This tracking shot then turns into a medium shot of the elderly man crouching down amongst the crosses, this shows the number of white crosses is there. The mans face becomes very emotional with a close-up, as he starts to cry there is an extreme close-up of his eyes which then moves down to his shaking hand as he looks back to the battle. Before the picture was on screen there was the sound of crashing waves in a wild storm. You then see on screen the boat on which they travelled to battle, this is when you get taken back to the battle of ’44. In the background, there is actually stormy weather at sea causing the crashing waves. A medium shot is shown of the soldiers on the boat; they all look nervous, anxious and so scared they are being sick. Captain John Miller is shouting out commands out to them over the sounds of vomiting. One of the commands is ‘thirty seconds’, indicating the amount of time they have left before going into battle. The audience is now starting to panic because in the next half of a minute the soldiers are going to get shot at and killed.
The second scene, ‘The instant chaos’, was filled with more action-filled than the first scene because it shows that as soon as the boats were close enough to the shore of Omaha Beach they were getting shot at by the Germans. The soldiers that were getting shot, most of them had got killed outright before they actually had time to fight against them for their country. Hand-held cameras were used a lot for this scene because the audience can feel more about the film rather than if they used normal cameras on stands etc. Some of the soldiers that were on the boat were jumping into the water thinking that they would have more chance of living by swimming to the shore. I think the explosions were causing them to be thrown into the water. This idea didn’t work because the Germans started to shoot at the men in the water as well as on the boat.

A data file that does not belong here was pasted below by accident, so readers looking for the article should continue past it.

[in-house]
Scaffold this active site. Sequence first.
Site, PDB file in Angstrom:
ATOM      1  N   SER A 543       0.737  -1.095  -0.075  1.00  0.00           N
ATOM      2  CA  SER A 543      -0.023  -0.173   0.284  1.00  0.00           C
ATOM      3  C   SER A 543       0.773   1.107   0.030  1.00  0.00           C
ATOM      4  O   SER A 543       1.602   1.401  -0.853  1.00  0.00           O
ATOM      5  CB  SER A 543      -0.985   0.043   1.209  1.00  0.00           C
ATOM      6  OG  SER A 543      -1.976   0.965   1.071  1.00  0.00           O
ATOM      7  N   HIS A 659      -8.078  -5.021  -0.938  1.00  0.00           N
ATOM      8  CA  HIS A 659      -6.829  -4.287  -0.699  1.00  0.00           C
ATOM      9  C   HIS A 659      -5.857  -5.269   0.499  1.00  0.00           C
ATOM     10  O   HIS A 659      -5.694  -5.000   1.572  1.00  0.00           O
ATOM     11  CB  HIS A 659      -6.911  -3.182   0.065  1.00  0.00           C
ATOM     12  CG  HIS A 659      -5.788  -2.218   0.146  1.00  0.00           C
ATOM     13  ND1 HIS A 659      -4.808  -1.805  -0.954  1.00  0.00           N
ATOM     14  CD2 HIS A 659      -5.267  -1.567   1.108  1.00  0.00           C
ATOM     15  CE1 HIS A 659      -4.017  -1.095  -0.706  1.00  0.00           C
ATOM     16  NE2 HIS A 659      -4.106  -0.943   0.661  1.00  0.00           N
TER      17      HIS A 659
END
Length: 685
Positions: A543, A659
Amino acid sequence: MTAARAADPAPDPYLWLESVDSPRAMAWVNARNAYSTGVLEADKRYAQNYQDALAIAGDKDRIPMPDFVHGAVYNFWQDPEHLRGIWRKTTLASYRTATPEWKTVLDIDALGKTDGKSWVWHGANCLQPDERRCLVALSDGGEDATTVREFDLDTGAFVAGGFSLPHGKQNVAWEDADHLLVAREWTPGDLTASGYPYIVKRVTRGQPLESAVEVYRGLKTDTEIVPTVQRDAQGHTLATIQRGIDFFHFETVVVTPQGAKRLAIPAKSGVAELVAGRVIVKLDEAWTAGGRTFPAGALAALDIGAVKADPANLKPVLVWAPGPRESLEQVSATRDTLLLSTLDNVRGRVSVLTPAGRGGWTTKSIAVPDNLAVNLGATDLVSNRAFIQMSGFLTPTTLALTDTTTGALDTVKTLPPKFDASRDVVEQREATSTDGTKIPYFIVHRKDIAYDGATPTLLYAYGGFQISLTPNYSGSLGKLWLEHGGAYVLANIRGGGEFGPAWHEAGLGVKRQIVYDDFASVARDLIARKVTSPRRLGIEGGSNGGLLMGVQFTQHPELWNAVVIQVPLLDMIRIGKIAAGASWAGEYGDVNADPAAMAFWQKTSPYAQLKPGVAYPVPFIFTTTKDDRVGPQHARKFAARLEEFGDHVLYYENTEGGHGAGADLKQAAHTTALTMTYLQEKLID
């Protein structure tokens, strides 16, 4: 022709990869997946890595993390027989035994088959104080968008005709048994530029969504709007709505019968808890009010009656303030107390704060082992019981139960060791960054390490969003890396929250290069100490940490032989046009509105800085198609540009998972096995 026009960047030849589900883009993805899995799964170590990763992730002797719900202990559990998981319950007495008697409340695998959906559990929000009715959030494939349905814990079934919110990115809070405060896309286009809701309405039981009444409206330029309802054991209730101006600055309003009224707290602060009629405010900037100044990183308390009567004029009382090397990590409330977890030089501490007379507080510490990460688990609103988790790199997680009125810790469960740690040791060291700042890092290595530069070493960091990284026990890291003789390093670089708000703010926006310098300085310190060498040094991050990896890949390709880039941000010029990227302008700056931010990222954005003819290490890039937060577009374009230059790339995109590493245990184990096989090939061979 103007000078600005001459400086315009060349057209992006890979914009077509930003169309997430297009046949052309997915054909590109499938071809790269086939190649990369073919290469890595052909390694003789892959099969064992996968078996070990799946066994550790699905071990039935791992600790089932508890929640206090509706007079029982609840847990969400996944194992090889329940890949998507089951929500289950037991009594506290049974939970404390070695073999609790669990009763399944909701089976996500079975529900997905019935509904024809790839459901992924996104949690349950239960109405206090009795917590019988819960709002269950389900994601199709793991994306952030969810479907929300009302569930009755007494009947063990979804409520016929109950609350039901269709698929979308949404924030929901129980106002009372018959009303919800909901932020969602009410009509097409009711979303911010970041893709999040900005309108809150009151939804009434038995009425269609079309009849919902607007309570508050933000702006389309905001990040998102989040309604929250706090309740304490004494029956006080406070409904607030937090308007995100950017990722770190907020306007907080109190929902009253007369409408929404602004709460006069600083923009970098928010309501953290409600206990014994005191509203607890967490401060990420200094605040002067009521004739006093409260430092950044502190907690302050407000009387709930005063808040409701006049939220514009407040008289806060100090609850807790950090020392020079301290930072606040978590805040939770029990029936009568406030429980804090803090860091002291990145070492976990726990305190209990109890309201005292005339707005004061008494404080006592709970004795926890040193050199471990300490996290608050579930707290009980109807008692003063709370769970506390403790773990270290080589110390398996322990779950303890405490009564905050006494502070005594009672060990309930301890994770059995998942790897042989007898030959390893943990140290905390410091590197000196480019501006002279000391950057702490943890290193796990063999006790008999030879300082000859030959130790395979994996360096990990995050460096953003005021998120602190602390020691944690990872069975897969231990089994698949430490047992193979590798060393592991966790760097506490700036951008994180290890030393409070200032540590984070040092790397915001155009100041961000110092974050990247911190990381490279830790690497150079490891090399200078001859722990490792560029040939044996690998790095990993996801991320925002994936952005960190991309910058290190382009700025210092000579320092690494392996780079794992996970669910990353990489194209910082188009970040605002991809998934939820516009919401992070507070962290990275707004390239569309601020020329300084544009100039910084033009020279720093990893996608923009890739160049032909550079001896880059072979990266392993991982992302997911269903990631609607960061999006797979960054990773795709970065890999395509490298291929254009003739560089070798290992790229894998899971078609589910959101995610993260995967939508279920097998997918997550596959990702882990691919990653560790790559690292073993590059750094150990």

The handheld camera shots were then taken underwater so you could see the soldiers getting shot at again this more affective because you could see the blood colouring the water red. The diegetic sounds of being underwater were very good as well; you could hear the bullets flying through the water and the sound is muffled as the camera bobs in and out of the water. Then you see long shots of the other soldiers who have made it onto the beach even if it’s not for long because they have got shot whilst being on the beach. A two-shot is then shown of a soldier helping another man of their troop that had just got shot and fell to the floor. It is also a mid-shot because it shows how much he is suffering from the shot. The sounds of the scene made it very realistic as well because you could hear explosions, gunshots, men screaming and shouting and command being shouting for things to be done. There was one or two over the shoulder shots from the Germans. This made the Americans look very small with no chance at all.